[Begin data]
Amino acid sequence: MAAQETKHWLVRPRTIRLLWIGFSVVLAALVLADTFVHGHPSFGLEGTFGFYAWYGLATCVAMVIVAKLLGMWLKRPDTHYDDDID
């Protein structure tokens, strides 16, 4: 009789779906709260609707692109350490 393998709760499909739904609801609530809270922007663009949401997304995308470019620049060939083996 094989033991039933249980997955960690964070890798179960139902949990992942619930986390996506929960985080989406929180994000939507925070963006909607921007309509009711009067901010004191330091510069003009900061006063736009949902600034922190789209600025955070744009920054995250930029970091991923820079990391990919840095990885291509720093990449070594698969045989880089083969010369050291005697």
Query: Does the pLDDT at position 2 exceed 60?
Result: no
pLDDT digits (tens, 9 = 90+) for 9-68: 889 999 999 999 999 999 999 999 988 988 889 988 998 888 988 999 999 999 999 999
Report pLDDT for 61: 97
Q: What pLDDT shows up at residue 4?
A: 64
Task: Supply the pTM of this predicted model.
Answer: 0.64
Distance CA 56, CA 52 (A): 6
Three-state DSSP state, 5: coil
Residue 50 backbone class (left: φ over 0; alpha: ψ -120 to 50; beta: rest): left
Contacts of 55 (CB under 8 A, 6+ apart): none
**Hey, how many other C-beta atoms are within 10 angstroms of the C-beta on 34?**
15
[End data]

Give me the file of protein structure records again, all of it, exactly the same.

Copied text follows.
Amino acid sequence: MAAQETKHWLVRPRTIRLLWIGFSVVLAALVLADTFVHGHPSFGLEGTFGFYAWYGLATCVAMVIVAKLLGMWLKRPDTHYDDDID
């Protein structure tokens, strides 16, 4: 009789779906709260609707692109350490 393998709760499909739904609801609530809270922007663009949401997304995308470019620049060939083996 094989033991039933249980997955960690964070890798179960139902949990992942619930986390996506929960985080989406929180994000939507925070963006909607921007309509009711009067901010004191330091510069003009900061006063736009949902600034922190789209600025955070744009920054995250930029970091991923820079990391990919840095990885291509720093990449070594698969045989880089083969010369050291005697």
Query: Does the pLDDT at position 2 exceed 60?
Result: no
pLDDT digits (tens, 9 = 90+) for 9-68: 889 999 999 999 999 999 999 999 988 988 889 988 998 888 988 999 999 999 999 999
Report pLDDT for 61: 97
Q: What pLDDT shows up at residue 4?
A: 64
Task: Supply the pTM of this predicted model.
Answer: 0.64
Distance CA 56, CA 52 (A): 6
Three-state DSSP state, 5: coil
Residue 50 backbone class (left: φ over 0; alpha: ψ -120 to 50; beta: rest): left
Contacts of 55 (CB under 8 A, 6+ apart): none
**Hey, how many other C-beta atoms are within 10 angstroms of the C-beta on 34?**
15